Avoid Secret Santa and Gift Exchange Pitfalls at Work

As the days inch closer to Christmas, some workplaces may be getting ready to launch a Secret Santa gift exchange. But don’t buy your presents just yet. In this episode of The Workplace podcast, CalChamber Executive Vice President and General Counsel Erika Frank and employment law expert Jennifer Shaw get help from clips of “The Office” to discuss what types of gifts to avoid if your workplace decides to exchange gifts for the holidays.

Potential Snares

Although a Secret Santa gift exchange may sound like a great idea to show gratitude for your workers, Shaw says, the reality is that there can be many areas of potential conflict.

The problem is that “Secret Santa is all about stereotypes. It’s all about what you think somebody will want,” she tells Frank.

Moreover, employers and employees often forget that rules at work are different than in the home, Shaw explains. Not only is there the potential that someone may gift something that is offensive or indecent, but giving different presents to different employees may bring up perceptions of favoritism.

Gift exchanges also can stir up competition and pressure among employees.

In one of “The Office” clips that are played in the podcast, the workplace supervisor, Michael Scott, states that the monetary value of a present is tied to how much the recipient is loved and appreciated.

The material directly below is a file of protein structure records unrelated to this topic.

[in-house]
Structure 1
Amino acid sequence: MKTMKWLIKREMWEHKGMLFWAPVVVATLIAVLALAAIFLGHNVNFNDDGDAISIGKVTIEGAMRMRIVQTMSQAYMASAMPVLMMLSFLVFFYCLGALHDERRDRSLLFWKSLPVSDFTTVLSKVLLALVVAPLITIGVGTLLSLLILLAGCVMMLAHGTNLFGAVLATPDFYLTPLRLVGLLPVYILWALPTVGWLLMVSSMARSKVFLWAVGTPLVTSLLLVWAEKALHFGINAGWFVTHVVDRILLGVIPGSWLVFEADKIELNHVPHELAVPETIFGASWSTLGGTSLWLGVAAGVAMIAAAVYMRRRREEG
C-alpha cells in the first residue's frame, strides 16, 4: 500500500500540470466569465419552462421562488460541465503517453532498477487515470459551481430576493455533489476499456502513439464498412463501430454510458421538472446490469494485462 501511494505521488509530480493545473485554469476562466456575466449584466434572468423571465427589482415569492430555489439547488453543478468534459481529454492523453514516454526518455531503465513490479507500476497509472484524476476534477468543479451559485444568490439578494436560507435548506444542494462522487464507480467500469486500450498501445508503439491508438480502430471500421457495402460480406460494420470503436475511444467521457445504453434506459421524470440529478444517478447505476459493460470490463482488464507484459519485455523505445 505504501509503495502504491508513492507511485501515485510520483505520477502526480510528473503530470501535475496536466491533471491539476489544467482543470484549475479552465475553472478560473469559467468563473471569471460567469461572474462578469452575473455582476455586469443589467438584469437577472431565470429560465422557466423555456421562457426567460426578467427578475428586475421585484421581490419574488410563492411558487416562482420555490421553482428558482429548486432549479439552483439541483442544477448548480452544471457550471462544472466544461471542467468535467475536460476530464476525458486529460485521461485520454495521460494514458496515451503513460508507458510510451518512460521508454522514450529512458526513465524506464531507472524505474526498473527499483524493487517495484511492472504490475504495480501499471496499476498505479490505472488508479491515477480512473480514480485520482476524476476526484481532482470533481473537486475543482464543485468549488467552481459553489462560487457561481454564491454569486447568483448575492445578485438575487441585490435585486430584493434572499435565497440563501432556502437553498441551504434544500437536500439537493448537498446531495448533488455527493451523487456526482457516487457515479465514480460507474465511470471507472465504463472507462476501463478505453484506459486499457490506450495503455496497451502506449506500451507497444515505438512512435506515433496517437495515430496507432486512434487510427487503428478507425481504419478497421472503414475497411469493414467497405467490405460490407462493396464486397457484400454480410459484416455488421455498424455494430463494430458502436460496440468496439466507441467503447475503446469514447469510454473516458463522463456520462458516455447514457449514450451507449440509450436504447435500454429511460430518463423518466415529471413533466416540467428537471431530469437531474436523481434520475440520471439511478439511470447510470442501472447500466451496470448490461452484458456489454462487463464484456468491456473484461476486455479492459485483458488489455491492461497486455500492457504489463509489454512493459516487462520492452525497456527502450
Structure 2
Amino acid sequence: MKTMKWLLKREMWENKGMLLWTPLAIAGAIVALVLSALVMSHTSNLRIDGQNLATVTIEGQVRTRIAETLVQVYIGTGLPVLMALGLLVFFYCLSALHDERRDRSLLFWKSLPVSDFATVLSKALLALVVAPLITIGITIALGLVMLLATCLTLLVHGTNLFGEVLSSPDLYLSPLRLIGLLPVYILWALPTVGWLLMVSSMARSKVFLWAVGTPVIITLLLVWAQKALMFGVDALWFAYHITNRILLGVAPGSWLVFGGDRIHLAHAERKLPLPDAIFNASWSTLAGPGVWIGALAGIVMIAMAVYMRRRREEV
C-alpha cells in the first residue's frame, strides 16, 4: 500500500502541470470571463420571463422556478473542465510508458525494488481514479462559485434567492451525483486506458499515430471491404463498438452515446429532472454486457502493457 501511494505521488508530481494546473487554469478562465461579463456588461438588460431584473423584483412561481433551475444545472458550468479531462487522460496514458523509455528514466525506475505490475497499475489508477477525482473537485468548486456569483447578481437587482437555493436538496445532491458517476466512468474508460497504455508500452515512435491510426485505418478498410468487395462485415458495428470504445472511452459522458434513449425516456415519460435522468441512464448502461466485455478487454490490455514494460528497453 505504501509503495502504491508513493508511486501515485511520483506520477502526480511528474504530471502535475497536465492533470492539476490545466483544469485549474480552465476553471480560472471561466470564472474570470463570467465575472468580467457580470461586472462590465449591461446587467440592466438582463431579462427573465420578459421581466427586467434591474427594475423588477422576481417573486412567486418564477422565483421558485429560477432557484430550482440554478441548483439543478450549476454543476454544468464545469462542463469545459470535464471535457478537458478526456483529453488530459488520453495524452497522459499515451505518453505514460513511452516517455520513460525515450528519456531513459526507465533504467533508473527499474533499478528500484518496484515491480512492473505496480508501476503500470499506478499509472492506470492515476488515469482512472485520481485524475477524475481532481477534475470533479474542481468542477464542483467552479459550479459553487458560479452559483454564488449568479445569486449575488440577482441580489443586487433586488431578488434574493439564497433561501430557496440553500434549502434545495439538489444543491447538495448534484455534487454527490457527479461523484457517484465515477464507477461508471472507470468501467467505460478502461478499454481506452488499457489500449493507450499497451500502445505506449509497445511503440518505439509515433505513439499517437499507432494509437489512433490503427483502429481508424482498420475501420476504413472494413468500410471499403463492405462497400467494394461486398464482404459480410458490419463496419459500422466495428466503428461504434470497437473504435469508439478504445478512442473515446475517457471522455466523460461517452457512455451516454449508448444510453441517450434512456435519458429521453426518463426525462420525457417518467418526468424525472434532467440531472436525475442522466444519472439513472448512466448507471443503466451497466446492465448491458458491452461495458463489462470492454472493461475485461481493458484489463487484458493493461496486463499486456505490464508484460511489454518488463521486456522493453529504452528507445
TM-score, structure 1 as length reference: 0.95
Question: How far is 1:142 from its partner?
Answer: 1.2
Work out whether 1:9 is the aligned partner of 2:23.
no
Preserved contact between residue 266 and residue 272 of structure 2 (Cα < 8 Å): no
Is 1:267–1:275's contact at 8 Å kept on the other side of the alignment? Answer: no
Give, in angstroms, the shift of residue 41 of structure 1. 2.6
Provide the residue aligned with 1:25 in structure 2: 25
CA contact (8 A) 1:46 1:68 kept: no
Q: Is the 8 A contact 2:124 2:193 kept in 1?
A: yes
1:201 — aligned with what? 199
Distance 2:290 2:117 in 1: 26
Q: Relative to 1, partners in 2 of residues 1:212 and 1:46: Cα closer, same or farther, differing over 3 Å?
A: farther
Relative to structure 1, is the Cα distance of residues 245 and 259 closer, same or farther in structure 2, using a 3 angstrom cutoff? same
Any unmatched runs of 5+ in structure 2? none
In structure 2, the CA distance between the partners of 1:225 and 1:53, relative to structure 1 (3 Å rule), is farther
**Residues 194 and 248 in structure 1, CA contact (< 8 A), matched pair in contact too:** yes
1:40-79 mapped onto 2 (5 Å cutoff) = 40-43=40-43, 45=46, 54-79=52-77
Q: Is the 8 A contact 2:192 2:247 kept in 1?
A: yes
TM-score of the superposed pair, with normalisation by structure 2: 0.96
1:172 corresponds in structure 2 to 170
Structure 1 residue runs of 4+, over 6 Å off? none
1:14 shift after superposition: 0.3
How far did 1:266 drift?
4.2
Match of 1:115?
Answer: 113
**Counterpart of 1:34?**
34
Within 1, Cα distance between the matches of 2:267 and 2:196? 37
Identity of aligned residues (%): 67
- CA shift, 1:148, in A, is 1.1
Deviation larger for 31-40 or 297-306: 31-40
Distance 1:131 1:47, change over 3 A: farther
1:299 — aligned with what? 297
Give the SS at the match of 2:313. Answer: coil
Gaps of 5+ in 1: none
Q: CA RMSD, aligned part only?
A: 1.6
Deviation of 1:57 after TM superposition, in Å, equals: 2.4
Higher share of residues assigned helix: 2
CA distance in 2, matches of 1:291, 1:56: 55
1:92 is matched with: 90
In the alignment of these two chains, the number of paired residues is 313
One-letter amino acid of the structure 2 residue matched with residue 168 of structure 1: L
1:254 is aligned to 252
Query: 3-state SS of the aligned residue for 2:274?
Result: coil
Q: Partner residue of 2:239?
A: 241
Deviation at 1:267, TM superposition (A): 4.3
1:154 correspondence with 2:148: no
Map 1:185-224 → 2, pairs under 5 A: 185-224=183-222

Shaw recounts a past holiday present she gave a secretary—a Coach-brand purse the secretary requested. The purse, however, was not as nice as one which was gifted to someone else in the office, and the secretary became upset. Now, Shaw says, the firm buys all the presents.

Gift Tips

If an employer would like to hold an office gift exchange, Shaw recommends that employers:

  • Make participation voluntary. Not everyone wants to participate or has the means to do so.
  • Set boundaries, so that all gifts are “G-rated,” and inappropriate and offensive gifts are not allowed. Employers and employees should mind the culture of the workplace and give something safe and appropriate, such as nice soaps, a bottle of wine (depending on the workplace) or food items, such as a cookie exchange.
  • Create very specific rules, including a spending cap, so that employees are not outspending each other or feel like the game is a competition to see who can buy the best present.

For employers or supervisors who want to buy their employees presents, Frank recommends getting the same gift for all employees.

“Even if the intent is not to show favoritism, your employees are going to talk about it. They’re going to compare…There are going to be assumptions that are made whether they’re true or not,” Frank says.

Ultimately, employers should think about what the purpose is behind the gift.

“It’s really not about the gift. It’s about showing your gratitude, showing that you appreciate the work that [employees] have done,” Frank explains.

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